Darren Barker is destined to reach the summit of world boxing. At least, that’s how the British middleweight saw it long before his eagerly-awaited return to the ring at the weekend.
Now, having reclaimed the European middleweight crown with a resounding, unanimous points victory over Italian bruiser Domenico Spada, the still undefeated 28-year-old from north London is even more confident he is about to take the division by storm.
Barker has never been short of self-belief. Yet, following 12 inactive months due to a hip injury that required major surgery and forced him to give up his European title, he knew overcoming an experienced opponent from Rome on Saturday evening was imperative in order to announce his re-emergence on the scene.
Little wonder then that despite an understandably ring-rusty display at Olympia, west London, where there were only intermittent glimpses of his undoubted class and flashy, quick-fire punching accuracy, Barker was delighted to be back in action — and back to winning ways — even if his own verdict was that there is still considerable room for improvement.
“I’m very happy that this belt is back where it belongs,” said Barker, a former British and Commonwealth champion. "I’m better than that but then I haven’t been in the ring for a year. There was a bit rustiness, which I didn’t think there would be, but it crept up on me in the fight. Let’s not take anything away from Spada … what a tough opponent he was!These rounds are very valuable. They are in the bank, and it’s onwards and upwards from here. One more fight like that and I’ll be ready to go. It was a good 12 rounds.
“My stamina will come, the fitness will come. Match fitness and gym fitness are two very different things. But this definitely makes me feel I can compete with the best because Spada was the first credible opponent of my career. And I beat him quite handily in there even though I was not at my best.”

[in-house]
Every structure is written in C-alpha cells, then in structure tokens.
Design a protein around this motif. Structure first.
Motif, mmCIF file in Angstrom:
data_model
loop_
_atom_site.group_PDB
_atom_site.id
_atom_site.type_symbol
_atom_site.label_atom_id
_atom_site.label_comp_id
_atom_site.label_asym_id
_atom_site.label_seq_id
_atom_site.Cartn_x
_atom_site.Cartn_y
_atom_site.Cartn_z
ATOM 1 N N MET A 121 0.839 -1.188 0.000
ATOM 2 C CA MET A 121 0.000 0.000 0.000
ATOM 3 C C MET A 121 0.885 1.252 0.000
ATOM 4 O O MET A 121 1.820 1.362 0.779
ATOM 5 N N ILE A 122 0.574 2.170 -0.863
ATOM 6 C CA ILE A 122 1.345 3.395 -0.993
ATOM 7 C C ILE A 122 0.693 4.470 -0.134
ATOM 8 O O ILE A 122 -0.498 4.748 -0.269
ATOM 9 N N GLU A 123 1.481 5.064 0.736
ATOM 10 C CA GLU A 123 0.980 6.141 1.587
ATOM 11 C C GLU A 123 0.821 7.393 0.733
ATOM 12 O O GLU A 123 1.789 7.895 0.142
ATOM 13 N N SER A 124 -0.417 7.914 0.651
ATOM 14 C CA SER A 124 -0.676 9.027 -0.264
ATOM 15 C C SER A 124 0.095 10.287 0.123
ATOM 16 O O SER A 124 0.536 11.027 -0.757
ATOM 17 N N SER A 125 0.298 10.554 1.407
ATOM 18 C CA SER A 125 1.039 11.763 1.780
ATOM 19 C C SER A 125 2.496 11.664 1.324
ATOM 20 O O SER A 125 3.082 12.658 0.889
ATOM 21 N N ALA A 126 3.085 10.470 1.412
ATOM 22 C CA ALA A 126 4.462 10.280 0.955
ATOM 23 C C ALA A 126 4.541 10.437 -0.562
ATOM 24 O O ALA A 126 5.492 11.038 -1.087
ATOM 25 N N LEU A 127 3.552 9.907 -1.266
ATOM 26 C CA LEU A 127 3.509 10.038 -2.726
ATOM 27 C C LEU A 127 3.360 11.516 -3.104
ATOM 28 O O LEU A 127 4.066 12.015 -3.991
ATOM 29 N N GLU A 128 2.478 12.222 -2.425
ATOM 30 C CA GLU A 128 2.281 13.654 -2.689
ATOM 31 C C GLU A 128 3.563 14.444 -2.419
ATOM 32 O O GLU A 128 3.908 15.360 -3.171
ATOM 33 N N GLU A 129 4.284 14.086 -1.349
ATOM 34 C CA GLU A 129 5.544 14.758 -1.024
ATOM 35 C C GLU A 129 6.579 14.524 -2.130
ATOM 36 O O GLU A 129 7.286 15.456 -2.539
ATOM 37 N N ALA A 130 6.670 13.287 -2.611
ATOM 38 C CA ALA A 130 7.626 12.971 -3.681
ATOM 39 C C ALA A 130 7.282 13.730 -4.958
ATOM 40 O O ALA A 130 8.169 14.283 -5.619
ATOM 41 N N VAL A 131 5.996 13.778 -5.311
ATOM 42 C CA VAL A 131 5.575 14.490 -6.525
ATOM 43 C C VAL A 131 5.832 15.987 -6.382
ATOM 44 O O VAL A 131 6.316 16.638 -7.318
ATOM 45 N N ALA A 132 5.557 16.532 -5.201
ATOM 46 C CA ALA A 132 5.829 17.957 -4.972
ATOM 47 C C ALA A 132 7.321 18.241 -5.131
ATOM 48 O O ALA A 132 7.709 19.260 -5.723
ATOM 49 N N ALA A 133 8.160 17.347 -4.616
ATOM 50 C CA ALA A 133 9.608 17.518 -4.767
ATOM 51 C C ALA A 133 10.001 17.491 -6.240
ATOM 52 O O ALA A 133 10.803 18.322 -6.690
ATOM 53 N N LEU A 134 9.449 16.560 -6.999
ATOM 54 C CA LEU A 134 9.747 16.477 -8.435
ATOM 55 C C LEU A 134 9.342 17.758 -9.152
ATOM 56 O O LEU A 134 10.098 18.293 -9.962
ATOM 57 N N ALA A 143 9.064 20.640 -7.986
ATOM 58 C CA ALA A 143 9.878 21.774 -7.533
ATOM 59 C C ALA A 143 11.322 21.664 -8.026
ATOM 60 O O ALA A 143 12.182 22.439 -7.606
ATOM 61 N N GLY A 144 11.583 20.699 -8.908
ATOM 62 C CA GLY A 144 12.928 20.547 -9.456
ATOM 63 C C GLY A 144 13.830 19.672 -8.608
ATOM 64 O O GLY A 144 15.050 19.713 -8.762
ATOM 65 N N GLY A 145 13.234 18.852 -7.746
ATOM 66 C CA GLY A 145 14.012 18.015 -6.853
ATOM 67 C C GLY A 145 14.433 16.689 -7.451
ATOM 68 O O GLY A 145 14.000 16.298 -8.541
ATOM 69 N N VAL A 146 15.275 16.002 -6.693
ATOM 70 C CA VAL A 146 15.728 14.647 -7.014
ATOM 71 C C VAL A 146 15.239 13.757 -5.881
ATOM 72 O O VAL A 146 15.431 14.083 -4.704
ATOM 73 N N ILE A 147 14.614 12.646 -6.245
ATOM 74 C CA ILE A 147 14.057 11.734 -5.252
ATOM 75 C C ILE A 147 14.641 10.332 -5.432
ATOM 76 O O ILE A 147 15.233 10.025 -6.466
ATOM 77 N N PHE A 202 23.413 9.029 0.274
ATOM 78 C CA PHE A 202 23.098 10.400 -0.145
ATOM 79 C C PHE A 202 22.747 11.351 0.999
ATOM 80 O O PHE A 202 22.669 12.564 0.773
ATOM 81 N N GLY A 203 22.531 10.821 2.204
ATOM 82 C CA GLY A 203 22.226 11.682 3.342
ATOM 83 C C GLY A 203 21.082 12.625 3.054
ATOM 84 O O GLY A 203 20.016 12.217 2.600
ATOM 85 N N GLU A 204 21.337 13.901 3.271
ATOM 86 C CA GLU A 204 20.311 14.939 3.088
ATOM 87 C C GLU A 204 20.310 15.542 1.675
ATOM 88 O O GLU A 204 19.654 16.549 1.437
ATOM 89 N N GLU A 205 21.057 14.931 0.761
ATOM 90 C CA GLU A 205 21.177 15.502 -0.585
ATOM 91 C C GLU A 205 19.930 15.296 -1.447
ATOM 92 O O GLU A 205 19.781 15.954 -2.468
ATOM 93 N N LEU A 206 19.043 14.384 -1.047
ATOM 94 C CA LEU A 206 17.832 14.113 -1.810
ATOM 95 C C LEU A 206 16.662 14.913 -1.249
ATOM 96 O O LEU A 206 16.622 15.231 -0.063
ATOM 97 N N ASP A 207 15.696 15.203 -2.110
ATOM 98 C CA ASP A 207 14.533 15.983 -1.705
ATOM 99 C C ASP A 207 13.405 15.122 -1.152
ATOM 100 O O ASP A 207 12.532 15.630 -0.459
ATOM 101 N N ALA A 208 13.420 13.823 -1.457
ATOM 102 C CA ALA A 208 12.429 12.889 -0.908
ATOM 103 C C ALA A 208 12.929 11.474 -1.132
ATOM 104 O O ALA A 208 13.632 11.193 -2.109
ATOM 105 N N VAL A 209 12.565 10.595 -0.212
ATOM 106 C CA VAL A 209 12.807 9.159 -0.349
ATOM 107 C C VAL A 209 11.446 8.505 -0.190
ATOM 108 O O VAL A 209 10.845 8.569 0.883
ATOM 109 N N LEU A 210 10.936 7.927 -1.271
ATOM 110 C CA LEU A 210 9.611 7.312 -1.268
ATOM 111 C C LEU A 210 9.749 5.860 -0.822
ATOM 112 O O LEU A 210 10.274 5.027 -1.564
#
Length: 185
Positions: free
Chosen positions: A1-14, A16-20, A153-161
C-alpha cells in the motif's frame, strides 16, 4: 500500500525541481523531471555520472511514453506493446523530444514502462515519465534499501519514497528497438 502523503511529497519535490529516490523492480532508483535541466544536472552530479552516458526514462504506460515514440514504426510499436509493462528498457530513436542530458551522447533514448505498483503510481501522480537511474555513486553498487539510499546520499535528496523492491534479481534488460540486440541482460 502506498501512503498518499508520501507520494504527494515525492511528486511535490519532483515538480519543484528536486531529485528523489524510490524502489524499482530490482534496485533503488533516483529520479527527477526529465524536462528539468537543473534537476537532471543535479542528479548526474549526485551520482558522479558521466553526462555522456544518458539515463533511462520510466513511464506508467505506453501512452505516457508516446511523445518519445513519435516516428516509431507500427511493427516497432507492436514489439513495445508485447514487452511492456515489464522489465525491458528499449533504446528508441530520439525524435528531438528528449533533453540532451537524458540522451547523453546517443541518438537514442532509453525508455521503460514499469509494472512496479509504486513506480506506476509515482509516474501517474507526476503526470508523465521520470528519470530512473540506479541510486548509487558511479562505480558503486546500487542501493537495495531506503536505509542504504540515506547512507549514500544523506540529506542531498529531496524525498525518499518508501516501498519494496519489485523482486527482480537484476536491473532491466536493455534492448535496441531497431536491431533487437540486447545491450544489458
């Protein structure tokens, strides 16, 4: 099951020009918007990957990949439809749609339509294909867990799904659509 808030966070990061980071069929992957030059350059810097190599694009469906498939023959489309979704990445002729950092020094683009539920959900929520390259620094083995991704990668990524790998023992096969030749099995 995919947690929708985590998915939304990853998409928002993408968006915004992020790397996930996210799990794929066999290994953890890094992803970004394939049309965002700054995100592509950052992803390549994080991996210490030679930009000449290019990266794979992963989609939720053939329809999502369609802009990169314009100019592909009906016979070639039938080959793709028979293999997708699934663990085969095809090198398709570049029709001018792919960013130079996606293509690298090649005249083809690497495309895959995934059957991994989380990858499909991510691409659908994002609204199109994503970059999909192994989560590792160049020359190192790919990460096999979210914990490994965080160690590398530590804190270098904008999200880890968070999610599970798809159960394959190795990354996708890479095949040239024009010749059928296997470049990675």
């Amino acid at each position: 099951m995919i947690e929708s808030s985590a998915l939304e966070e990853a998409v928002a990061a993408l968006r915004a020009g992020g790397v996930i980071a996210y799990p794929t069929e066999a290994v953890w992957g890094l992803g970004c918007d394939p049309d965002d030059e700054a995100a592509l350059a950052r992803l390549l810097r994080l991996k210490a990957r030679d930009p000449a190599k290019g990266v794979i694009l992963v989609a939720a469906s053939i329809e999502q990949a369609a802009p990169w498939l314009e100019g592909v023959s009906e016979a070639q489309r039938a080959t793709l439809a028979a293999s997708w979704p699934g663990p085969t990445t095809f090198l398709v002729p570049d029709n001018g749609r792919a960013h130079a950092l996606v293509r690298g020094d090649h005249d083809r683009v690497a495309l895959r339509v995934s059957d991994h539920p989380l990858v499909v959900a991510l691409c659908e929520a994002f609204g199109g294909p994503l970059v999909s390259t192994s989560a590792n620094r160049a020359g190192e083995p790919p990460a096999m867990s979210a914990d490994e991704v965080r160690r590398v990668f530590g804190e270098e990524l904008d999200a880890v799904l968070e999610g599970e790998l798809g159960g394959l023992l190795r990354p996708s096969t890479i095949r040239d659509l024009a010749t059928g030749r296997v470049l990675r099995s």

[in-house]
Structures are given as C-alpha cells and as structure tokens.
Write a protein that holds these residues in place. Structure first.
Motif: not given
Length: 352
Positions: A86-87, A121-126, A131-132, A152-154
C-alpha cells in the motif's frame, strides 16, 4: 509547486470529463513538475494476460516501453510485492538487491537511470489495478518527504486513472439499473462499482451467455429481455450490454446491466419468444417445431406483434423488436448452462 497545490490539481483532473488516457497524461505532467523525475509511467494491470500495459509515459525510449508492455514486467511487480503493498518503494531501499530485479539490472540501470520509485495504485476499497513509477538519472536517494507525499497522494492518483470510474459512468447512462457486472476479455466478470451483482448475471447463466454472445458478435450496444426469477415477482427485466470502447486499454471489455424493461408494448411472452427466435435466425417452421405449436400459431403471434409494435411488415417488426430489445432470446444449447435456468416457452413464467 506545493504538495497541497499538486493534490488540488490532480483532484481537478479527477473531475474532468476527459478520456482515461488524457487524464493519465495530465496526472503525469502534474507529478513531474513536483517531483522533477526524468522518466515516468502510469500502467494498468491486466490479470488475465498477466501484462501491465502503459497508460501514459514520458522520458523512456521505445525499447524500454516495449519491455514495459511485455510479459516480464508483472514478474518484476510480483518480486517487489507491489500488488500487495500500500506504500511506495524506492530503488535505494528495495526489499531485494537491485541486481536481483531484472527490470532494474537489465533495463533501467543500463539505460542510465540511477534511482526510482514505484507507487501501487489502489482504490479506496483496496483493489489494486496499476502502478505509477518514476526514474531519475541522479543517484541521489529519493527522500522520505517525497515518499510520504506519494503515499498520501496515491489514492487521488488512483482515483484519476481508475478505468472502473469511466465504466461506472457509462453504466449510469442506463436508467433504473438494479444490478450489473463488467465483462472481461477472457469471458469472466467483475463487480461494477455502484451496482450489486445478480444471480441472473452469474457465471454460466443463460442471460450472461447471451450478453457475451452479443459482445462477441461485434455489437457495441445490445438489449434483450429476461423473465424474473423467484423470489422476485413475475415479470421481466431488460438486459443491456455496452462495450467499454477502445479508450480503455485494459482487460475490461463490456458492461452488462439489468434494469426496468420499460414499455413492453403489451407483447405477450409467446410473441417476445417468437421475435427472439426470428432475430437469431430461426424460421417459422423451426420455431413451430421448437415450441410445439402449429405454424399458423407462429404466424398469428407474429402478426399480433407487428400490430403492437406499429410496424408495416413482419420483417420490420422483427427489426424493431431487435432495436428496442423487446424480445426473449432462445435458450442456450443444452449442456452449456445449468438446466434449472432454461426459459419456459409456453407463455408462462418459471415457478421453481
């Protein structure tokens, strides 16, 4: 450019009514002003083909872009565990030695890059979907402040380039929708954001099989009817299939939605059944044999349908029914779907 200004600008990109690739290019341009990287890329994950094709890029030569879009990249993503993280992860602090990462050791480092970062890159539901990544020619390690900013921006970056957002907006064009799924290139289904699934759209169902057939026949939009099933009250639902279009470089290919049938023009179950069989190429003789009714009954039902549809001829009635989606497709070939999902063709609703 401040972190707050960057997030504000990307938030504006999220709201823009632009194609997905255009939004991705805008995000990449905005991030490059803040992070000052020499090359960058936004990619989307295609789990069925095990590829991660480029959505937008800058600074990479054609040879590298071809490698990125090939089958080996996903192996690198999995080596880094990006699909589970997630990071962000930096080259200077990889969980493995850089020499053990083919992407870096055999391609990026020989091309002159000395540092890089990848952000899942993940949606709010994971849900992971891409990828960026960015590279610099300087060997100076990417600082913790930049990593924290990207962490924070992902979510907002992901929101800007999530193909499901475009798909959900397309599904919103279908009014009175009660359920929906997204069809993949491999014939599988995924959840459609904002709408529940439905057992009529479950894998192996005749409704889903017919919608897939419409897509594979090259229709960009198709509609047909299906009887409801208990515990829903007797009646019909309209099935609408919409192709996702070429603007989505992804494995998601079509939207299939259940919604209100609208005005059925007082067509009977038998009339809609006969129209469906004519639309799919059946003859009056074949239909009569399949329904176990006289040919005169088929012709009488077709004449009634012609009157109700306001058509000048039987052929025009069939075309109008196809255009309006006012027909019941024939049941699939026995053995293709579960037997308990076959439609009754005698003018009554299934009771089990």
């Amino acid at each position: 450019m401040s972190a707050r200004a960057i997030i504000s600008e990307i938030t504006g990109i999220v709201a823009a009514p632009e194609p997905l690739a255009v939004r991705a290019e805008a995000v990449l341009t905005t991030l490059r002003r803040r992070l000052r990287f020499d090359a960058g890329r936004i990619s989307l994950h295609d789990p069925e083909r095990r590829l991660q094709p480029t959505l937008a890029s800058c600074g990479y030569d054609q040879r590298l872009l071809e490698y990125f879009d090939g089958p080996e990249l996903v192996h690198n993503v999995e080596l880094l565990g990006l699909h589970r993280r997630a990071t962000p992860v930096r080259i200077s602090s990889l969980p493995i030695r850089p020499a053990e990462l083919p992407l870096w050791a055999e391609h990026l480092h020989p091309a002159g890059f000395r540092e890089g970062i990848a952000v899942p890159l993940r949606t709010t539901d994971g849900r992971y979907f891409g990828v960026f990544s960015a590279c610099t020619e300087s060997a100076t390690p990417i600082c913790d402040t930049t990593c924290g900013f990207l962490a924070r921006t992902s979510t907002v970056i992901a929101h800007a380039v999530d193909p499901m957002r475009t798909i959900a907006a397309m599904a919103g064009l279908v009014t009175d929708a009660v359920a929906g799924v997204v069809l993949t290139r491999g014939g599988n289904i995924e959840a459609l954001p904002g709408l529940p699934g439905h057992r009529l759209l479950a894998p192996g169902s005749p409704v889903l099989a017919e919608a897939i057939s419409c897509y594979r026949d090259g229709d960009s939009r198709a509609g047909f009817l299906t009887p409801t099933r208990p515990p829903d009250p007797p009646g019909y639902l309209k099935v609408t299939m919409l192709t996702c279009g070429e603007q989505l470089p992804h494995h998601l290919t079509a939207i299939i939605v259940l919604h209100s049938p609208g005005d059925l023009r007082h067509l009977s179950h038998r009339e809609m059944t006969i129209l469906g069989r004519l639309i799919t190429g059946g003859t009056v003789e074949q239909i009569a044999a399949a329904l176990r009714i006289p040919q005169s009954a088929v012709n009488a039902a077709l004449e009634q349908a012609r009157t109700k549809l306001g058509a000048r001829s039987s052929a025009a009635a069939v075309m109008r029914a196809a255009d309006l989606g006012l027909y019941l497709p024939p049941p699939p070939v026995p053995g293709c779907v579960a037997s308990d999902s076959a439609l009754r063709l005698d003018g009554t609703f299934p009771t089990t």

The scorecards of the three judges, two from Spain and one from Finland, suggested the margin of victory over rugged Spada, a former European champion, was a lot closer than many of the ringside experts thought.
Not that Barker’s promoter, Eddie Hearn, son of Matchroom supremo Barry, was complaining. Far from it. Indeed, Hearn ordered his Barnet-born boxer not to be so harsh on himself after he stretched his unbeaten career record to 23.
“I am very pleased, more pleased than Darren,” Hearn said. “He’s a perfectionist, and the first thing he said to me afterwards was: ‘I didn’t think much of that’. But this was all about getting the job done against a world-class opponent, ranked No. 6 by the WBC.
“Darren should be over the moon. Getting the ‘W’ and getting things back on track was all that mattered.”
So what now for Barker, who last year was the victim of a brutal assault by a gang of youths when he bravely intervened in a high-street fracas in Watford?
A couple of European title defenses are in the pipeline, and even a possible all-British world title scrap against Matthew Macklin. For that to happen, though, Macklin, from Birmingham, must win the WBC belt against Germany’s Felix Sturm, Europe’s No. 1-ranked middleweight, on June 25.
Hearn added: “Darren is now ranked in the Top 10 with two governing bodies, and we’re already talking to some of the world champions in this division. He wants to fight Matthew Macklin, and we pray and hope that Macklin, in his big fight with Sturm, can pull of a shock so we can get a big fight on with him in Britain later in the year.
“If that doesn‘t come round, then we will get Darren back fighting as soon a possible. No more 12 months out of the ring, that‘s for sure.”
The race is on to make up for lost time.